published: December 16th 2016
by: Mike Cox
His final term nearly complete, the governor spoke in Rockdale, reflecting on his accomplishments and on his state of mind.
The first native-born Texas governor, James Stephen Hogg had moved from typesetting to newspaper editing to practicing law. First elected to office as a justice of the peace in Quitman, by 1886 he was state attorney general and in 1890 became governor.
Hogg's second gubernatorial campaign had been rough. His opponent, Judge George Clark of Waco, was also a lawyer, but unlike Hogg, who weighed 350 pounds, Clark was dimenutive. Still, he was a political king maker whose friends called him the Little Giant.
Back then Texas, for all practical purposes, was a one-party state. The two Democratic factions, however, acted like separate parties. While Hogg ran as the protector of the common man, Clark was seen as the lackey of the corporate big boys.
Long before anyone conceived television attack ads, politics was as likely to be physical as rhetorical. The Clark-Hogg campaign touched off numerous fist fights across the state.
“Brother was often arrayed against brother and father against son,” Judge C.V. Terrell recalled. “The closest ties of friendship were too often severed.”
A couple of campaign debates ended so raucously that both sides, fearing serious violence, wisely agreed to schedule no more.
Around the same time, Wick Blanton and Tom Morris ran against each other for the honor of being county attorney of Wilson County.
Blanton was a populist and Morris a prohibitionist. They may have belonged to different camps, but that did not interfere with their friendship.
In fact, they even campaigned together, traveling in a buggy between the various towns in Wilson County. At each voting precinct, they gave a stump speech and debated their positions.
“Their dispositions were sunny and bibulous,” a mutual acquaintance later wrote. “Both tongues were loose at both ends – and full of fire and wit in the middle.”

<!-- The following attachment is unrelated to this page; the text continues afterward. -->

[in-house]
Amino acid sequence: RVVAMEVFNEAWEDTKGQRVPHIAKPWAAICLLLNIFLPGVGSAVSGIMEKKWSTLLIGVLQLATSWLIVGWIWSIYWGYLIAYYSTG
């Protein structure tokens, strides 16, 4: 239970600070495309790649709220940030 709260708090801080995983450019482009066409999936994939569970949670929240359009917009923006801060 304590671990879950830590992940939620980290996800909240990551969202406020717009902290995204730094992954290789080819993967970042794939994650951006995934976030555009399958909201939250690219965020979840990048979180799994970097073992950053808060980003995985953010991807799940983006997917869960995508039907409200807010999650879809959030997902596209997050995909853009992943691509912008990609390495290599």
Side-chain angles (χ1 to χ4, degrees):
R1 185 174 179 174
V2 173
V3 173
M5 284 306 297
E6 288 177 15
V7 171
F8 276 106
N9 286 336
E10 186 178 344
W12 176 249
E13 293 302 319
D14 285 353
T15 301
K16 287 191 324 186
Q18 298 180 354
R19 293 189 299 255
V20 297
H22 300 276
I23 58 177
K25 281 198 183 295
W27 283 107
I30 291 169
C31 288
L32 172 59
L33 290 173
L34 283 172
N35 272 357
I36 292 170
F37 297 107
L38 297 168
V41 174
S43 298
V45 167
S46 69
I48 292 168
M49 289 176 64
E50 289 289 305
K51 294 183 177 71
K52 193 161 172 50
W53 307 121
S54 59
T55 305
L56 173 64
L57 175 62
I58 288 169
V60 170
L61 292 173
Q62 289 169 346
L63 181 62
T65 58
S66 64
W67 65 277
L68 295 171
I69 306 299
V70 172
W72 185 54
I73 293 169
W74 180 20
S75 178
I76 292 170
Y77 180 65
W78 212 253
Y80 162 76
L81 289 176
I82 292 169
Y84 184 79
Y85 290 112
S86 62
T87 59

Despite their political differences on the availability of alcohol, they always had as their traveling companion a jug of whiskey. They partook of it before an oration and afterward to slack their thirst as they bumped along the county's two-rut roads.
Even before potential voters, their friendship held. Always fair and polite, the only exception came when "they derided each other for having no more brains than to support the political parties they respectively espous-ed.”
Beyond speechifying, they hit up individuals to seek their vote. During one such conversation, a poll tax payer who had been on the fence finally agreed to cast his vote for Morris.
“I’m mighty glad to see you coming across to the Democratic side again,” Morris told the man. “It’s the party of our fathers, and the greatest one on earth.”
Then the man burst Morris’ political bubble. His decision had not been based on his campaign, he said. What had made the difference was a story making the rounds that Blanton had been arrested in San Antonio for being drunk.
“Look here,” Morris said. “I’d like to have you vote for me….But I don’t want your voted on a damned lie.”
Morris knew for a fact that his opponent had not been drunk in San Antonio because he and Blanton had been drunk in Wilson County. He couldn’t have his friend lose a vote over something he was just as guilty of as Blanton.
Building his case meticulously, Morris succeeded in convincing the man of the truth: Blanton had been in Wilson County on the night in question, making a campaign appearance with Morris. A Wilson County lawyer had indeed been arrested in San Antonio, but it had been a third party, not Blanton.
“I’m glad you told me that,” the voter said. “Wick’s all right, then. And he gets my vote.”
Morris shook hands with the man and left, well aware that by being truthful, he had cost himself one vote. The first person he told the story to was Blanton – over a drink. Blanton ended up winning the election.
Meanwhile, at the state level, the Democratic convention in Houston threatened to spin out of control. When Hogg supporters blocked Clark delegates from reaching the elevated platform at the head of the convention hall, pro-Clark forces vacated the premises and staged their own meeting elsewhere.
No one got hurt or killed, but when the two meetings ended, the state had two full Democratic slates to pick from on election day. Despite the support of most of the bigger city newspapers, Clark and his fellow candidates did not prevail in the balloting. The man called Texas’ only two-footed hog won reelection by nearly 200,000 votes.
In his Rockdale swan song, Hogg listed what he considered his successes. Yet he seemed happy that his political career was over.
“For once in my life,” Hogg said, “I am at peace with the world and mankind, politically, personally and socially.”
The governor had a similar hope for his native state. What he wished was that “never again shall political storms...rise to disturb the equilibrium, repose, tranquility and good order of our people.”
Hogg has been permanently at peace since March 3, 1906, but political storms have continued to rise.